Taking yet another deep breath, I went under, swimming as fast as I could to the almost arctic temperature of the water. I had always had quite sensitive eyes, and even though the fire above shed some light, it was still as dark as night. I could just barely make out the outline of the plane, though. So I headed for it.
God the water was so cold. My joints felt like they were locking up, my lungs still ached from before. But I couldn’t waste time, I had no idea how fast the Challenger was sinking. There! Finally I reached the open door (had I opened it?) I quickly launched myself inside, looking around.
I repressed the urge to vomit, but only barely. Some poor lady had her head split open, a red mist seeped out of her continuously. I made my way past her, and to my surprise, found that I actually was able to stick my head above water. Must be a pocket of air trapped in the back of the plane. I remember being enormously grateful to whatever deity was in charge illegal bahis of such things.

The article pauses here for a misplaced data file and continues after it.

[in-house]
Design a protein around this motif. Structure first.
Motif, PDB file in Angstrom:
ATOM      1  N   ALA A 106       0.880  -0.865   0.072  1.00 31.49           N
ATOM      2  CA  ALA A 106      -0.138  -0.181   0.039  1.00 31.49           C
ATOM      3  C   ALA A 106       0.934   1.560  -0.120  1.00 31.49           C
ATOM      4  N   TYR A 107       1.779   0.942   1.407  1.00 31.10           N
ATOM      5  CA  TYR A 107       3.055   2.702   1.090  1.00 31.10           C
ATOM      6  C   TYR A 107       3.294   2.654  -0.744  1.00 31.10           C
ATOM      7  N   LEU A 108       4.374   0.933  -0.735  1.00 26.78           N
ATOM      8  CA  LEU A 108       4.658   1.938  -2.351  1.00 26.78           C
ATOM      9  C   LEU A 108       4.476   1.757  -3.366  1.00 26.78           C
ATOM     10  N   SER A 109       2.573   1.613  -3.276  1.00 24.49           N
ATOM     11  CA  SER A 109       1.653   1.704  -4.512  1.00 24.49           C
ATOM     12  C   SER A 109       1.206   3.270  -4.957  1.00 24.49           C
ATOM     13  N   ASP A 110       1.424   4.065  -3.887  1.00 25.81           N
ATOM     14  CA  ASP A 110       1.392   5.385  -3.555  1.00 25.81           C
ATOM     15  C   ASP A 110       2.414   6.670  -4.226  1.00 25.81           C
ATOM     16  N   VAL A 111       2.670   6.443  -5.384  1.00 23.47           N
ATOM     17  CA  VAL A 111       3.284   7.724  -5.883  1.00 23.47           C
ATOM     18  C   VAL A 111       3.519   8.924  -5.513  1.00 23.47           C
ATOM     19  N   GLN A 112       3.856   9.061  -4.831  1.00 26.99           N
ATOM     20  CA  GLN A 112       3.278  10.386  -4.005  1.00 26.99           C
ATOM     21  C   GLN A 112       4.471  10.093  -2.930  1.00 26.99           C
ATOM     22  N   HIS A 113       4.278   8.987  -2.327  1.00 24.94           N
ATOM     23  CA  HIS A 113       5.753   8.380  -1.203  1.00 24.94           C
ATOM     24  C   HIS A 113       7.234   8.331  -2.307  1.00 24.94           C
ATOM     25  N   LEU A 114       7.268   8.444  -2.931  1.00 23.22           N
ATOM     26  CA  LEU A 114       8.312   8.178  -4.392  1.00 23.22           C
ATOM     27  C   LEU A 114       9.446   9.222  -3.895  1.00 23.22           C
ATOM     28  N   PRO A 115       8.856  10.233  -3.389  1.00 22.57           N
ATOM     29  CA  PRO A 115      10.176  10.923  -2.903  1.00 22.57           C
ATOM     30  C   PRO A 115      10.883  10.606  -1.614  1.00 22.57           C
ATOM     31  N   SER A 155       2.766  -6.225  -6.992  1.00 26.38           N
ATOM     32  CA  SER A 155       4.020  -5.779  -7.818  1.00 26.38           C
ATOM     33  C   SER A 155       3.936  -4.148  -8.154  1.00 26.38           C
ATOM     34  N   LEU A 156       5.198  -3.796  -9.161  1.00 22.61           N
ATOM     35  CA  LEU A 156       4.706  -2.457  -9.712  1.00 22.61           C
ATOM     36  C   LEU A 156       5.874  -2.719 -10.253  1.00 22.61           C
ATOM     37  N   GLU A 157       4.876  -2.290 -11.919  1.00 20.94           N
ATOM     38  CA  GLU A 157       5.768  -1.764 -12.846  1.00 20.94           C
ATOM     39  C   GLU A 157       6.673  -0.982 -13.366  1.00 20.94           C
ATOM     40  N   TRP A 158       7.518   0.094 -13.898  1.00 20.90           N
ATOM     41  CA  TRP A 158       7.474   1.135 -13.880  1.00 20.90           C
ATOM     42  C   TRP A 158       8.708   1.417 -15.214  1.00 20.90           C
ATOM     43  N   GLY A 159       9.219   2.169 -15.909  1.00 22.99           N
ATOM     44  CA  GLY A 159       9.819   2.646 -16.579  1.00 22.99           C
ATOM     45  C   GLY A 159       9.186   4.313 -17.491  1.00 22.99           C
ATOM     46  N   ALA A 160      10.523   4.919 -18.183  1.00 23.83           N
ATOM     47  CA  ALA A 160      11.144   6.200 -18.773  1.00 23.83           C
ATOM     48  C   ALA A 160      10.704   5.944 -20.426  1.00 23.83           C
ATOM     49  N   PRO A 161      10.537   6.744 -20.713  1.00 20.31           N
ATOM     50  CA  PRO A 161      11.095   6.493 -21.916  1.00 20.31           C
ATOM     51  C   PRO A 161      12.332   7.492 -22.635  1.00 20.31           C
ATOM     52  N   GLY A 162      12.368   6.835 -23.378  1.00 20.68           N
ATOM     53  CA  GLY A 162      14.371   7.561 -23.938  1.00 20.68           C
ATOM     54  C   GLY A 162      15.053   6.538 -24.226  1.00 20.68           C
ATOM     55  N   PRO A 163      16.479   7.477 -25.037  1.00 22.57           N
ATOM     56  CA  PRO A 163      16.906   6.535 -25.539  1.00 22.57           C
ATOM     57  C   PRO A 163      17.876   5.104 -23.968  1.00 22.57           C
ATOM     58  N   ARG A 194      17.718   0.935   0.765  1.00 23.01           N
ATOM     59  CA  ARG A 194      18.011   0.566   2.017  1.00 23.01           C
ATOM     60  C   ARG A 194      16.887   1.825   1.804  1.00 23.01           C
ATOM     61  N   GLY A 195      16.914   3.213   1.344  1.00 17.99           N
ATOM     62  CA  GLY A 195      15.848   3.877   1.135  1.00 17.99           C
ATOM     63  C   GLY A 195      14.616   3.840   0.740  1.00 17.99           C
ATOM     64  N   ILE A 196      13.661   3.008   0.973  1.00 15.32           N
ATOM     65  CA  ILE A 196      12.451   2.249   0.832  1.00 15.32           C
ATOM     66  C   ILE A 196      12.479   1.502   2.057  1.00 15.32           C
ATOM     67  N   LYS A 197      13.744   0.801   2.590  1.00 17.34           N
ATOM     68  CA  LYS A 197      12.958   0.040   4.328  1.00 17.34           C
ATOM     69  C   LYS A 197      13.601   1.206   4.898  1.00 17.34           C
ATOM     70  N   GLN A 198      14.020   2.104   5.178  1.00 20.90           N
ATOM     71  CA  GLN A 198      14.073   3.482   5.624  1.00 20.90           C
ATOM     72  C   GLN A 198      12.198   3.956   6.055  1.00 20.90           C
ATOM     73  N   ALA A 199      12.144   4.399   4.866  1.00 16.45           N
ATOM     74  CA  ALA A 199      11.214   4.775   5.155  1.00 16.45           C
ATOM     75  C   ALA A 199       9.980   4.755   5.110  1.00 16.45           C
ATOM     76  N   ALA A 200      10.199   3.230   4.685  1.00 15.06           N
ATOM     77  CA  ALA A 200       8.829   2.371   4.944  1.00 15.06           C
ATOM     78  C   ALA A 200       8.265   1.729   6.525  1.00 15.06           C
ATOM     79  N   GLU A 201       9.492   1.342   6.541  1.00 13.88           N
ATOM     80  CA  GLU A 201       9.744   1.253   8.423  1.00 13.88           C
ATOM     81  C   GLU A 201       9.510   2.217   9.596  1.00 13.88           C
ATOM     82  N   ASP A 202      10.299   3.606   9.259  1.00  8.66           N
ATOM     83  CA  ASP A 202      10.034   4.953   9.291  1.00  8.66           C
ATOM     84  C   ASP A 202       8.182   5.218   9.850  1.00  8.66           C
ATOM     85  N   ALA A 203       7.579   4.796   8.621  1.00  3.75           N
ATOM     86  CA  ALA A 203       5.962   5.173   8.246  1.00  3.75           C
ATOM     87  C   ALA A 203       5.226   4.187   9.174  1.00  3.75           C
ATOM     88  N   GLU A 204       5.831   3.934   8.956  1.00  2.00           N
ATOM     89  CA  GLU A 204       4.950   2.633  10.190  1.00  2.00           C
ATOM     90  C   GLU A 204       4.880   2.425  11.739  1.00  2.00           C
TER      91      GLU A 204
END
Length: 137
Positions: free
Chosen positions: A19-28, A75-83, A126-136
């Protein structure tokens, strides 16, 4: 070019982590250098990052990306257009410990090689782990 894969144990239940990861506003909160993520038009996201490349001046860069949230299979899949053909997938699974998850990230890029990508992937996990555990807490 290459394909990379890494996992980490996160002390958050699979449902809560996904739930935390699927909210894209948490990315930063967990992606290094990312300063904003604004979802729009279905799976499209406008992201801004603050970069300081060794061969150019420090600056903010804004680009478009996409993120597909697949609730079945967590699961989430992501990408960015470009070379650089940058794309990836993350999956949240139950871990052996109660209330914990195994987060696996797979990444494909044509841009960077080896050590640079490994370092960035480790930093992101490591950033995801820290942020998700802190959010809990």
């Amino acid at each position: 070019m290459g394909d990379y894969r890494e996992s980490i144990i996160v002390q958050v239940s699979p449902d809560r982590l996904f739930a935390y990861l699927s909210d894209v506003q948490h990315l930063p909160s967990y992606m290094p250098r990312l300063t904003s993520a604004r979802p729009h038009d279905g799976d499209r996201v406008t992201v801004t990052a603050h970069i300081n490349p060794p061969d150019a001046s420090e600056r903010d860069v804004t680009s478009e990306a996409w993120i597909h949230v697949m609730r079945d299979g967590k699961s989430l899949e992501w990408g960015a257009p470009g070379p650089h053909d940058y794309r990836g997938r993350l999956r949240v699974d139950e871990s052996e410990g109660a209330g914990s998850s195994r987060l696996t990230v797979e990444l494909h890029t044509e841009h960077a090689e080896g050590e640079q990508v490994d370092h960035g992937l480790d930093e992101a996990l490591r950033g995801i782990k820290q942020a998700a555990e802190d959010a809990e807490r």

Taking a few breaths, I looked around the dimly lit space. Where had I been sitting? On the left… So…
Sure enough, there she was, still strapped to her seat. I choked back tears, fearing her dead. Her usually quite stylish auburn hair was wet and mottled around her face, I climbed up onto the seat in front of her, near vertical due to the steep angle the plane was taking. It was a swift reminder that I needed to get the fuck out of there, quickly.
My fingers refused to work as I tried to unhook her harness. I couldn’t even feel them anymore. It didn’t matter, I had to get her out. I had to. She couldn’t be dead, she looked completely unharmed.